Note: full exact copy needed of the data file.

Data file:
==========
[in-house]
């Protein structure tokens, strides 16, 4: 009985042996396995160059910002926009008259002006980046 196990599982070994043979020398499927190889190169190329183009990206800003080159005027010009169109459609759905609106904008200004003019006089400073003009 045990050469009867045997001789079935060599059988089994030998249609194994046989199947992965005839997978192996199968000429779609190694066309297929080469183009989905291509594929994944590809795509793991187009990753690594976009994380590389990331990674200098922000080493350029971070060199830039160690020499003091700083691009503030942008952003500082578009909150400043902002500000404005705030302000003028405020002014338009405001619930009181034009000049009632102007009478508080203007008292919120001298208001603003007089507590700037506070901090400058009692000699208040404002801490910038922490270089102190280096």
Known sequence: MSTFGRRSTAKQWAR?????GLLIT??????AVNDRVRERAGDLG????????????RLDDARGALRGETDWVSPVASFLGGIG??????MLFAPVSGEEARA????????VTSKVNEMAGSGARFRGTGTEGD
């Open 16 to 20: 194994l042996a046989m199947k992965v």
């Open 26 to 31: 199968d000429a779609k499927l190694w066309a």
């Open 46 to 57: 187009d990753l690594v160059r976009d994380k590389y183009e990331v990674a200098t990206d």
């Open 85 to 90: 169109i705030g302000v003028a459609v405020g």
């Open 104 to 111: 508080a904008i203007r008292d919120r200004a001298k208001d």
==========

[in-house]
């Protein structure tokens, strides 16, 4: 009985042996396995160059910002926009008259002006980046 196990599982070994043979020398499927190889190169190329183009990206800003080159005027010009169109459609759905609106904008200004003019006089400073003009 045990050469009867045997001789079935060599059988089994030998249609194994046989199947992965005839997978192996199968000429779609190694066309297929080469183009989905291509594929994944590809795509793991187009990753690594976009994380590389990331990674200098922000080493350029971070060199830039160690020499003091700083691009503030942008952003500082578009909150400043902002500000404005705030302000003028405020002014338009405001619930009181034009000049009632102007009478508080203007008292919120001298208001603003007089507590700037506070901090400058009692000699208040404002801490910038922490270089102190280096």
Known sequence: MSTFGRRSTAKQWAR?????GLLIT??????AVNDRVRERAGDLG????????????RLDDARGALRGETDWVSPVASFLGGIG??????MLFAPVSGEEARA????????VTSKVNEMAGSGARFRGTGTEGD
């Open 16 to 20: 194994l042996a046989m199947k992965v």
């Open 26 to 31: 199968d000429a779609k499927l190694w066309a």
């Open 46 to 57: 187009d990753l690594v160059r976009d994380k590389y183009e990331v990674a200098t990206d």
């Open 85 to 90: 169109i705030g302000v003028a459609v405020g």
């Open 104 to 111: 508080a904008i203007r008292d919120r200004a001298k208001d």